But for every happy ending, though, there are countless stories that end tragically. UNAIDS, a collaborative effort of the United Nations and several other organizations, estimated that, as of 2005, there were 12 million orphans whose parents had died of AIDS living in Sub-Saharan Africa, over 1 million of whom live in Kenya. And these numbers increase every day. Many of these orphans are HIV+ and if they are not taken in by family members, Reverend D'Agostino shares, they are either abandoned (which he believes was the case with Moses) or left to roam slums like Kibera, which was featured in the recent film The Constant Gardener.
Yet, some of these children end up somewhere else. It's located a mere 15-minute drive from some of the worst slums in Kenya. It's a place of life and laughter, a place where the broken become whole again. It's where you can find Reverend D'Agostino who, for the past 14 years, has given these orphans something many of them have never had–a family of their own.
In 1991, Reverend Angelo D'Agostino was in Nairobi serving on the board of a large orphanage. At the time, HIV+ children were being abandoned at alarming rates.
"The children were often abandoned at hospitals because their mothers, knowing they were HIV+ and probably going to die, felt that if they took their children home they would die in the midst of slums and their children would be left completely abandoned there," says Reverend D'Agostino. "So, they would leave them at the hospital. The hospital, however, had no means of taking care of them and the children would often die of infection or malnutrition within a few months."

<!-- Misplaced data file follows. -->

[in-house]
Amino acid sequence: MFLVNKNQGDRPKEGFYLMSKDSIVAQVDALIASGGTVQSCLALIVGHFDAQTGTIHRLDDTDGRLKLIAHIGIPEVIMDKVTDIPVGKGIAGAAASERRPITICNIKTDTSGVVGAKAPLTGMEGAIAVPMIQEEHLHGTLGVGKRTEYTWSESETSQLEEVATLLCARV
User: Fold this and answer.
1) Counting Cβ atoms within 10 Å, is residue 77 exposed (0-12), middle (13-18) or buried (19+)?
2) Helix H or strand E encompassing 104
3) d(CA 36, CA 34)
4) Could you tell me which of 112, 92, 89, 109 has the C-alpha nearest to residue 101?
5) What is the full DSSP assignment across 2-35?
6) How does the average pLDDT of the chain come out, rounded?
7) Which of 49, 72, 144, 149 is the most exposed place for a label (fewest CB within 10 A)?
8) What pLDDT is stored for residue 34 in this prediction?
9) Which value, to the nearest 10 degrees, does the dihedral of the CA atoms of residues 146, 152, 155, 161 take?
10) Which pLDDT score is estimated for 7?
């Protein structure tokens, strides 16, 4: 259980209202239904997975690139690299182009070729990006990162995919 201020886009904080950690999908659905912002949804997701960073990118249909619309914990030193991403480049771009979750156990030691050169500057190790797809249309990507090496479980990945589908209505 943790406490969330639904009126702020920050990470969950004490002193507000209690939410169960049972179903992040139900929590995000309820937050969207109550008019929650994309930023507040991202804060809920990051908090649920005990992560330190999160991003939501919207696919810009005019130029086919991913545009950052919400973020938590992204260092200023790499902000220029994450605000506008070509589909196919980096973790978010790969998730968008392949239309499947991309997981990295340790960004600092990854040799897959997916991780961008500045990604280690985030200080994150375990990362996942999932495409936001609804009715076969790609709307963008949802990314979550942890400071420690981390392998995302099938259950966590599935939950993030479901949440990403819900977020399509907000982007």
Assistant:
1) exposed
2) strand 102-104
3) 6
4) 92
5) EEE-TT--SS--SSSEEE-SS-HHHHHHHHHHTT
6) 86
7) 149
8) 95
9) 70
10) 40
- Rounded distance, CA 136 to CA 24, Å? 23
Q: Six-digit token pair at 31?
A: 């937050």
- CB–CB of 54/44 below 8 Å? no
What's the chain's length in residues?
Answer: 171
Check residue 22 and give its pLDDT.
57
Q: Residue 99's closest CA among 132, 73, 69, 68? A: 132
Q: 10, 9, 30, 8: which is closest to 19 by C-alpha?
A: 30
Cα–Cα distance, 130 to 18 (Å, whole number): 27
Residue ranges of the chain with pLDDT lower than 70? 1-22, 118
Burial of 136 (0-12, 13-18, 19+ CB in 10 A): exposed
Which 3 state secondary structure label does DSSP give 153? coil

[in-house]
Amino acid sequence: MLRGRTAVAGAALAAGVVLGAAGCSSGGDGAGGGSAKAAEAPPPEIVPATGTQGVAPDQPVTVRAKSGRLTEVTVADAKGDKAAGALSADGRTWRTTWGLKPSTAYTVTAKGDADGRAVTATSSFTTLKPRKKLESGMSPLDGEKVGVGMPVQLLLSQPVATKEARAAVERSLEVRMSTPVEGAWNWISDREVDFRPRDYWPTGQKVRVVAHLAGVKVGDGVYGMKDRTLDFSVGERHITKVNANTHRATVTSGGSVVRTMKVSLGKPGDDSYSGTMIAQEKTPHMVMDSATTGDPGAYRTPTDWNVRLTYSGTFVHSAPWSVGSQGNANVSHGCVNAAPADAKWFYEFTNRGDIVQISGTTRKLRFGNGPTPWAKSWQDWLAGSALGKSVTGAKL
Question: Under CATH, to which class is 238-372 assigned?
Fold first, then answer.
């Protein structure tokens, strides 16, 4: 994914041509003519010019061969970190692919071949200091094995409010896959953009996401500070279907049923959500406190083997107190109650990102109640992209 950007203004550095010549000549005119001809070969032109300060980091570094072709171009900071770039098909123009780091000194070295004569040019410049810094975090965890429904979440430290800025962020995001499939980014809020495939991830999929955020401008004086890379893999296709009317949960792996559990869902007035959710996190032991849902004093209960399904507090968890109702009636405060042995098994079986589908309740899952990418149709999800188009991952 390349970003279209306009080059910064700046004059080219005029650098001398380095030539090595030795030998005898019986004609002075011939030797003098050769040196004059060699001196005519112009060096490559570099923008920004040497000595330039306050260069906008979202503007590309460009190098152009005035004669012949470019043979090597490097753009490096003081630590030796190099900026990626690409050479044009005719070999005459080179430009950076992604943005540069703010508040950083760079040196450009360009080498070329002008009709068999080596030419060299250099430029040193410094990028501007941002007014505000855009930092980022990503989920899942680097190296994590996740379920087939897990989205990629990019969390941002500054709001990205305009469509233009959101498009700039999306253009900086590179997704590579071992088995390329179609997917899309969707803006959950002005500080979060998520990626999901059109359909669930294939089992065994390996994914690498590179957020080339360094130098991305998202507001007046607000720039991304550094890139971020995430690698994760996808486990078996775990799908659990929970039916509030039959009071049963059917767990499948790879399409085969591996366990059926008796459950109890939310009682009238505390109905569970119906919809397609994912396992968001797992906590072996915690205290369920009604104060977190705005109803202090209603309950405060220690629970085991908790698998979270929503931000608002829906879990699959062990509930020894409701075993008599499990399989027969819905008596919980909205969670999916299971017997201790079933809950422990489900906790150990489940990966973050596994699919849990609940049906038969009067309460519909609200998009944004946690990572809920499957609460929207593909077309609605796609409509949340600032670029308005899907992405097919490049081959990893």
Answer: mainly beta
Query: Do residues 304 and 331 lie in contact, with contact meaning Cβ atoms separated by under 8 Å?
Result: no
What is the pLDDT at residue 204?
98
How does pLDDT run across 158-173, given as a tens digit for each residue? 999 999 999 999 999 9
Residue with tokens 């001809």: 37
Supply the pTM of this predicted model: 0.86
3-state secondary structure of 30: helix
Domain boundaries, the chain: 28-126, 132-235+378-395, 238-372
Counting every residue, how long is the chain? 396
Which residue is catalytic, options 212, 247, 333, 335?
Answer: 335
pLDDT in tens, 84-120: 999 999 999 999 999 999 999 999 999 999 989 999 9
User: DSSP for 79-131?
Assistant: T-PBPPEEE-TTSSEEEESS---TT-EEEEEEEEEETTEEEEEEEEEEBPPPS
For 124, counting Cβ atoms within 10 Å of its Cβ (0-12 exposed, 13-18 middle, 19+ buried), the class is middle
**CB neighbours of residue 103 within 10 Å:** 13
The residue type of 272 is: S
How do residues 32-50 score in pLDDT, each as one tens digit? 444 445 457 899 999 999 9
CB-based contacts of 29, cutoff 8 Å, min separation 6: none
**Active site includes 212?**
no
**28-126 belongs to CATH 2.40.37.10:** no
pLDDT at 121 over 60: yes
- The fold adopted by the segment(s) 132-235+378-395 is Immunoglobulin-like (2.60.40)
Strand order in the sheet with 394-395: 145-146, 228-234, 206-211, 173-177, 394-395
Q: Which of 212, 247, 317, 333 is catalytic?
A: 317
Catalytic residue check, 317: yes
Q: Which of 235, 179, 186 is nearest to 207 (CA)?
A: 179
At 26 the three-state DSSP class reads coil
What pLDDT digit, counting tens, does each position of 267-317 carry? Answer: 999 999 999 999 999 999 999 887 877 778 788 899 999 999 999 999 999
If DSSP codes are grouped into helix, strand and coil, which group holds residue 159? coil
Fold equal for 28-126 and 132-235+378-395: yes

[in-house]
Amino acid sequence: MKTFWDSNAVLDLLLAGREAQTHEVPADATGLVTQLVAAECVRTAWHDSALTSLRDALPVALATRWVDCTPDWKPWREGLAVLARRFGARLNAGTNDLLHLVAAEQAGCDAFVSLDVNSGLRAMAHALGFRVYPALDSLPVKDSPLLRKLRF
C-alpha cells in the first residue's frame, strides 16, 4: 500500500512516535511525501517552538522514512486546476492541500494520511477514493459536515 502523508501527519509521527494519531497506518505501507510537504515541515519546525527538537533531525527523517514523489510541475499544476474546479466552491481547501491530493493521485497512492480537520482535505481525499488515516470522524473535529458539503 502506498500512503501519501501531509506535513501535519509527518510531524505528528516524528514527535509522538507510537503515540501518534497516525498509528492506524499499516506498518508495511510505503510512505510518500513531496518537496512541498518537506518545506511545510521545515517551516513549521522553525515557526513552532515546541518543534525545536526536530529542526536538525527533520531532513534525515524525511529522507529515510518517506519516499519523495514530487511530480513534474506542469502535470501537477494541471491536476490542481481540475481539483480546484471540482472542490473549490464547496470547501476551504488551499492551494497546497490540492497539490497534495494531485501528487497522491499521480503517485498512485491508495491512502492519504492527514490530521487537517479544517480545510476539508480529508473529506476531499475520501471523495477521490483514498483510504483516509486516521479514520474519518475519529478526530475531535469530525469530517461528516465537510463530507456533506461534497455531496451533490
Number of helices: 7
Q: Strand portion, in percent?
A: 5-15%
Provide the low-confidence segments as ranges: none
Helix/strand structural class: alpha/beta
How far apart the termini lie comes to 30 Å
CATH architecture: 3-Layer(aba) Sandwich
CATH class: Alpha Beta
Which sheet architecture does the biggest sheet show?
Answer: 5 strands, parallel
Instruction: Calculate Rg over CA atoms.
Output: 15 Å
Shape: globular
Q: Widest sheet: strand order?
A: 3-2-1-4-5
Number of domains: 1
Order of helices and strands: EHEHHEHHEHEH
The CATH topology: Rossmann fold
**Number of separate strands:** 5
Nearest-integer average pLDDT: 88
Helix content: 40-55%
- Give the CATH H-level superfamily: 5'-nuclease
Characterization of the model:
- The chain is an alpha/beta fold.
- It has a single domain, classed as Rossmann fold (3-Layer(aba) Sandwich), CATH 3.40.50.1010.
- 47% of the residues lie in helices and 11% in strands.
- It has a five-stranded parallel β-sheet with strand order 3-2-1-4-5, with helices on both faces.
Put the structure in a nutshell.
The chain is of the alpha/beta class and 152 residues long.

Recognizing that a problem existed, Reverend D'Agostino suggested that the orphanage set up a separate facility to meet the medical needs of HIV+ orphans. The board disagreed with his plan. Reverend D'Agostino then made a decision. He decided to start an orphanage on his own. This work was unprecedented at the time, since there were no facilities serving HIV+ orphans in existence in the country. But the reverend moved forward anyway.
|The reverend meeting the first lady of Kenya.|
One of his first steps was to meet with Kenya's Minister of Health. The meeting went well and Reverend D'Agostino left with a promise of doctors and nurses for the home. He then found a house to rent for the orphanage and admitted its first three HIV+ orphans. But then something unexpected happened. The doctors and nurses never came. The minister of health, who would become a key figure in the life of the orphanage as the president of Kenya a decade later, left his government post to start his own political party. All was not lost, though. Before he joined the Jesuits and became one of the first psychoanalyst priests in the history of Roman Catholicism, Reverend D'Agostino was a surgeon. He was trained at Tufts (earning his Doctor of Medicine degree from the Tufts School of Medicine in 1949 and a master's degree in Surgery from the university's Graduate School of Arts and Sciences in 1953*) and later served as a surgeon in the United States Air Force. This dense medical background proved critically important in the early days of the home.